Karst aquifers supply a significant fraction of the world's drinking water. These types of aquifers are also highly susceptible to pollution from the surface with recharge usually occurring through fractures and solution openings at the bedrock surface. Thickness of the protective soil cover, macropores and openings within the soil cover, and the nature of the weathered bedrock surface all influence infiltration. Recharge openings at the bedrock surface, however, are often covered by unconsolidated sediments, resulting in the inadvertent placement of landfills, unregulated dump sites, tailing piles, waste lagoons and septic systems over recharge zones. In these settings surface geophysical surveys, calibrated by a few soil cores, could be employed to identify these recharge openings, and qualitatively assess the protection afforded by the soil cover. In a test of this hypothesis, geophysical measurements accurately predicted the thickness of unconsolidated deposits overlying karstic dolomite at a site about 100 km south of Chicago, Illinois. Zones of elevated electrical conductivity and high ground-penetrating radar (GPR) attenuation within the sediments coincided with subcropping solutionally-enlarged hydraulically active bedrock fractures. These fractures extend to over 12-m depth, as shown by 2-D inverted resistivity sections and soil coring. Anomalous electromagnetic (EM) conductivity and GPR response may be due to higher soil moisture above these enlarged fractures. An epikarstal conduit at 2.5-m depth was directly identified through a GPR survey. These results suggest that surface geophysical surveys are a viable tool for assessing the susceptibility of shallow karst aquifers to contamination

Determination of the sources of nitrate contamination in karst springs using isotopic and chemical indicators, 2001, Panno S. V. , Hackley K. C. , Hwang H. H. , Kelly W. R. ,
The sources of nitrate (NO3-) in groundwater of the shallow karst aquifer in southwestern Illinois' sinkhole plain were investigated using chemical and isotopic techniques. The groundwater in this aquifer is an important source of potable water for about half of the residents of the sinkhole plain area. Previous work has shown that groundwater from approximately 18% of the wells in the sinkhole plain has NO3- concentrations in excess of the USEPA's drinking water standard of 10 mg N/1 Relative to background levels, the NO3- concentrations in water from 52% of the wells, and probably all of the springs in the study area, are anomalously high, suggesting that sources other than naturally occurring soil organic matter have contributed additional NO3- to groundwater in the shallow karst aquifer. This information, and the dominance of agriculture in the study area, suggest that agrichemical contributions may be significant. To test this hypothesis, water samples from 10 relatively large karst springs were collected during four different seasons and analyzed for inorganic constituents, dissolved organic carbon, atrazine, and delta (15) N and delta O-18 of the NO3- ions. The isotopic data were most definitive and suggested that the sources of NO3- in spring water are dominated by N-fertilizer with some possible influence of atmospheric NO3- and, to a much lesser extent, human and/or animal waste. Differences in the isotopic composition of NO3- and some of the chemical characteristics were observed during the four consecutive seasons in which spring water samples were collected. Isotopic values for delta N-15 and delta O-18 of the NO3- ranged from 3.2%o to 19.1%o and from 7.2%o to 18.7%o respectively. The trend of delta N-15 and delta O-18 data for NO3- also indicated that a significant degree of denitrification is occurring in the shallow karst hydrologic system (within the soil zone, the epikarst and the shallow karst aquifer) prior to discharging to springs. (C) 2001 Elsevier Science B.V. All rights reserved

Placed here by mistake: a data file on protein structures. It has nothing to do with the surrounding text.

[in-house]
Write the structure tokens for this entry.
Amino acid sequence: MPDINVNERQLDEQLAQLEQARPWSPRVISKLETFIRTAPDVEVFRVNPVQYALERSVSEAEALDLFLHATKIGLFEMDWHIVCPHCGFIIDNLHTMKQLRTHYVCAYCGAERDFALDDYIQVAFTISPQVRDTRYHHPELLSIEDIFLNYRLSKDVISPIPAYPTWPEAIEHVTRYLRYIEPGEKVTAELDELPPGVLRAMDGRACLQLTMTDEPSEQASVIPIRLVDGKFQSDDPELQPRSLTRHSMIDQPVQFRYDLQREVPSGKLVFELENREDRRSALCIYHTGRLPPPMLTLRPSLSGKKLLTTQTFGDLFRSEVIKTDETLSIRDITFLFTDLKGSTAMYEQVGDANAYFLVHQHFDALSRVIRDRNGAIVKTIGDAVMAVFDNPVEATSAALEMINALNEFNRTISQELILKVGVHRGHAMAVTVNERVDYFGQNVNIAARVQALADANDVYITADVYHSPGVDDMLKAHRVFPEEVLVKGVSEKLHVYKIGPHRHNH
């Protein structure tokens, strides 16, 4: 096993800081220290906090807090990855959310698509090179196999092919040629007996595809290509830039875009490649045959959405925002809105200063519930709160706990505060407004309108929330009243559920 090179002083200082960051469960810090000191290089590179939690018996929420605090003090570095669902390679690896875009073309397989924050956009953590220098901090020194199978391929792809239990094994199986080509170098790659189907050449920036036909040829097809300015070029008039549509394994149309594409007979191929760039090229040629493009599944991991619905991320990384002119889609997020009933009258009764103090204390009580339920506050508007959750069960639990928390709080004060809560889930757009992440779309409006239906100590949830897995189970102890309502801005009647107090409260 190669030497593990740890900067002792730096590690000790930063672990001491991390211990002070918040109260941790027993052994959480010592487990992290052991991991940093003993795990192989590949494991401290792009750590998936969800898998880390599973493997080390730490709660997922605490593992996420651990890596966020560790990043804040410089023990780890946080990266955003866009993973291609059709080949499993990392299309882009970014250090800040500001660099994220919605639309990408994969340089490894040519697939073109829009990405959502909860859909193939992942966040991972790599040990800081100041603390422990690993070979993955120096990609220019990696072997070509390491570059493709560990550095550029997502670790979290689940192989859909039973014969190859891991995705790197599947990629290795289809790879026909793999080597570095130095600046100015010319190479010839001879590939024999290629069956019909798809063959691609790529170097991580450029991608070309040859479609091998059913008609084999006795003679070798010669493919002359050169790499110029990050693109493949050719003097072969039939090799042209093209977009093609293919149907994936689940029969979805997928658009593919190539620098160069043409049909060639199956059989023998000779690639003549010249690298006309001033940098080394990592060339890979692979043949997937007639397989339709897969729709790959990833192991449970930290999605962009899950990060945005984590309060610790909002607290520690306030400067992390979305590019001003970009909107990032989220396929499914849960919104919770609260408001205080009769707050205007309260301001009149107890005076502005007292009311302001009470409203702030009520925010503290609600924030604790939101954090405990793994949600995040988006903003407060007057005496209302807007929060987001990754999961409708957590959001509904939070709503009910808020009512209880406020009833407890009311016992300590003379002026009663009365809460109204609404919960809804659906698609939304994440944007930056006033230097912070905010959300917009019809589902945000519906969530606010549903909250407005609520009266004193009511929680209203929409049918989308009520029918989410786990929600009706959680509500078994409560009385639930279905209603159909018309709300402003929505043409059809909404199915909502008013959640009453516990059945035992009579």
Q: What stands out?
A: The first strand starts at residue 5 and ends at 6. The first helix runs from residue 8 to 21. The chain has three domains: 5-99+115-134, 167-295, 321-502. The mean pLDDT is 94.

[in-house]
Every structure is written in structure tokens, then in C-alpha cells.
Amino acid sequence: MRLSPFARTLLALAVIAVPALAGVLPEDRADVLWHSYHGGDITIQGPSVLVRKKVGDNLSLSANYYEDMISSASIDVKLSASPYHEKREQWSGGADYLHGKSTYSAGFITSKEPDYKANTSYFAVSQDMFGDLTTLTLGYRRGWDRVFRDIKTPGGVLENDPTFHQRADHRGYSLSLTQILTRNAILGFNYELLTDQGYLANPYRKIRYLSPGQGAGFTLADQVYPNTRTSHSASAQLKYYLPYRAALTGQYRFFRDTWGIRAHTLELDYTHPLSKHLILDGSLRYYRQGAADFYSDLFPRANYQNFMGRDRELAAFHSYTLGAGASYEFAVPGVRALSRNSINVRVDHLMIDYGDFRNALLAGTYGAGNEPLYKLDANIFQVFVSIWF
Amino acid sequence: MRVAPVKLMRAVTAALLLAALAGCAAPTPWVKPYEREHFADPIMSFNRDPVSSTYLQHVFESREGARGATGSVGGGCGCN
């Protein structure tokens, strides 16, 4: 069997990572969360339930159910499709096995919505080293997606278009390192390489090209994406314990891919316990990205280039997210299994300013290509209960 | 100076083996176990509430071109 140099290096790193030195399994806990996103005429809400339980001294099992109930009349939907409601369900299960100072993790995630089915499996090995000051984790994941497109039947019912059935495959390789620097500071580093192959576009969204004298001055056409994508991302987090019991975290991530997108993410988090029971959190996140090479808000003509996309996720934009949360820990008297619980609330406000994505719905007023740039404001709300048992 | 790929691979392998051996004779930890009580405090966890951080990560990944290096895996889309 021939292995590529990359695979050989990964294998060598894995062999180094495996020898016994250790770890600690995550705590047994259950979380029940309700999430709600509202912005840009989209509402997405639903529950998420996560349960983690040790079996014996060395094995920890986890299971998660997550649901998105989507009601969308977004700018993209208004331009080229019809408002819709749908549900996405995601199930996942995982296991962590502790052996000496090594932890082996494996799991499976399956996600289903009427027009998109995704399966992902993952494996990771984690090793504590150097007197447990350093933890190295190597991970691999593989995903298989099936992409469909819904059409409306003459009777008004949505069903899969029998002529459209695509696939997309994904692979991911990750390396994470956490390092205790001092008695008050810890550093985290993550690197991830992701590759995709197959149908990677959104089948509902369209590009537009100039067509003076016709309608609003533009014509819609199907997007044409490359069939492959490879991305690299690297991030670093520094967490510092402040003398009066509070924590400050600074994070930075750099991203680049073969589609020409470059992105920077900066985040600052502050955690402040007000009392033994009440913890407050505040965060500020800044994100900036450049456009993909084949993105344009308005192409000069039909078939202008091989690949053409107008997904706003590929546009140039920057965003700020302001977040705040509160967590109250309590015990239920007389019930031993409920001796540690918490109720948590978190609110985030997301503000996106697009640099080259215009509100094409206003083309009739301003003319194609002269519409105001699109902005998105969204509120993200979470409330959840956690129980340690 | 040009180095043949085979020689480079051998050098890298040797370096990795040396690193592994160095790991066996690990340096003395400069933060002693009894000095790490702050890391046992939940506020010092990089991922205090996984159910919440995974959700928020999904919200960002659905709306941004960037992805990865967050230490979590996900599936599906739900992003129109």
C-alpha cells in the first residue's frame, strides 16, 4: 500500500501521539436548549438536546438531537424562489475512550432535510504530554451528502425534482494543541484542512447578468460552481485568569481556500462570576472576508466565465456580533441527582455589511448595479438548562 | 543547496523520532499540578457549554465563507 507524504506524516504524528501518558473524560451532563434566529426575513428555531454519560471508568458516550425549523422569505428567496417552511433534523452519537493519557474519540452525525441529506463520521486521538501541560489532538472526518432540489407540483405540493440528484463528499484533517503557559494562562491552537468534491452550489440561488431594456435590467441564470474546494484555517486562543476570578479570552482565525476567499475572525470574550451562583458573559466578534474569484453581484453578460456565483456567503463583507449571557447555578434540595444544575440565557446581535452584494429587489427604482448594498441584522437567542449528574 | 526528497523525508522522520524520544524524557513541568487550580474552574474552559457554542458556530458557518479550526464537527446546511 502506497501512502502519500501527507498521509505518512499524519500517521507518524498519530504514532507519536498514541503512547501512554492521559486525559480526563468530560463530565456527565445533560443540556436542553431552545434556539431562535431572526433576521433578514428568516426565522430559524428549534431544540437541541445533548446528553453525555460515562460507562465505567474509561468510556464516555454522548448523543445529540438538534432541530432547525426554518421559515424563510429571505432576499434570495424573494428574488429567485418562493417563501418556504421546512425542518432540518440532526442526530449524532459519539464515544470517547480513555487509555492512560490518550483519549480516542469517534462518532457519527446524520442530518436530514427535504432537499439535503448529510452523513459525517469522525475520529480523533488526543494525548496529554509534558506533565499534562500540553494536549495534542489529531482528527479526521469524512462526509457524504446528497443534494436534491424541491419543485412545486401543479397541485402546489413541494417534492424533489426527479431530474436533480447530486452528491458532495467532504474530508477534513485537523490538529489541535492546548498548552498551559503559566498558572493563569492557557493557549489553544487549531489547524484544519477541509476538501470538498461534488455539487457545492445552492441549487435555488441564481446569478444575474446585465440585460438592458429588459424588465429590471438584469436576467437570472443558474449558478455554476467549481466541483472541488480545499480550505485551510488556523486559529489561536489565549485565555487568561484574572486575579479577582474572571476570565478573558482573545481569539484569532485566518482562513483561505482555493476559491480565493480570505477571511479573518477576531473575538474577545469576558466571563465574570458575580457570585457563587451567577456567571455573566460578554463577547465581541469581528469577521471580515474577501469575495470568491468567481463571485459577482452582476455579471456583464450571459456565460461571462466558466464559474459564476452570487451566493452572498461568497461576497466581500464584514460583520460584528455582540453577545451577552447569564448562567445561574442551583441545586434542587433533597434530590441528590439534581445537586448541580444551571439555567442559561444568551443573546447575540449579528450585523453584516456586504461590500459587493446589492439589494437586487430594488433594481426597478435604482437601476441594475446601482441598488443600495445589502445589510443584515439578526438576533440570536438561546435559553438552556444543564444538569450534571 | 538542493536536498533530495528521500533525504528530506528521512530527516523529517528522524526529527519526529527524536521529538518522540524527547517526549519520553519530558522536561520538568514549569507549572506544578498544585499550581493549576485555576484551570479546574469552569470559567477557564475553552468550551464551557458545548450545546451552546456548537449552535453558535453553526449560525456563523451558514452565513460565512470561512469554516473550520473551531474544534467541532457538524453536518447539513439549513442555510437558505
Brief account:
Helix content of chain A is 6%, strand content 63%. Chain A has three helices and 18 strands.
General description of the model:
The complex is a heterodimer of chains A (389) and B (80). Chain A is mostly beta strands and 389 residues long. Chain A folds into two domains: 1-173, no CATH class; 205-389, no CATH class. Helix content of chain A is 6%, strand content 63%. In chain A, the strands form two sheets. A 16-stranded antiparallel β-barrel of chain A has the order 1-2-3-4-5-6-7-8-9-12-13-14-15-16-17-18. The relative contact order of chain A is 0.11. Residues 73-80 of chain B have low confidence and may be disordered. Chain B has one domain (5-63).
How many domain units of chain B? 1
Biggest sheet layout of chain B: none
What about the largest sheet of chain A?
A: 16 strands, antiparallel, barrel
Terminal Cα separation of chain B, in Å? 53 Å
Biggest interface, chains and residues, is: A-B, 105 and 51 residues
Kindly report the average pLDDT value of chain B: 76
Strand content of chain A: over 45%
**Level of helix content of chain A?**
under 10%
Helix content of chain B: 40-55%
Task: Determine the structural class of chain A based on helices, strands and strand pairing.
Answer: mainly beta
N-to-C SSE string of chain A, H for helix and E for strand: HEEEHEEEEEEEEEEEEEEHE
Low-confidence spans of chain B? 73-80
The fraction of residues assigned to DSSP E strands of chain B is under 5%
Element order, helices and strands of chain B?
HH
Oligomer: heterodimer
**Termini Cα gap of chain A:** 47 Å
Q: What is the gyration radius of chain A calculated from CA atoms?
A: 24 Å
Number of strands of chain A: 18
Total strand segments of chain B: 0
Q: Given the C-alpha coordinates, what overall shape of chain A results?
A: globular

Forecasting of turbid floods in a coastal, chalk karstic drain using an artificial neural network, 2001, Beaudeau P, Leboulanger T, Lacroix M, Hanneton S, Wang Hq,
Water collected at the Yport (eastern Normandy, France) Drinking Water Supply well, situated on a karst cavity, is affected by surface runoff-related turbidity spikes that occur mainly in winter, In order to forecast turbidity, precipitation was measured at the center of the catchment basin over two years, while water level and turbidity were monitored at the web site. Application of the approach of Box and Jenkins (1976) leads to a linear model that can accurately predict major floods about eight hours in advance, providing an estimate of turbidity variation on the basis of precipitation and mater level variation over the previous 24 hours. However, this model is intrinsically unable to deal with (1) nonstationary changes in the time process caused by seasonal variations of in ground surface characteristics or tidal influence within the downstream past of the aquifer, and (2) nonlinear phenomena such as the threshold for the onset of runoff. This results in many false-positive signals of turbidity in summer. Here we present an alternative composite model combining a conceptual runoff submodel with a feedforward artificial neural network (ANN), This composite model allows us to deal with meaningful variables, the actioneffect of which on turbidity is complex, nonlinear, temporally variable and often poorly described. Predictions are markedly improved, i.e,, the variance of the target variable explained by 12-hour forward predictions increases from 28% to 74% and summer inaccuracies are considerably lowered. The ANN can adjust itself to new hydrological conditions, provided that on-line learning is maintained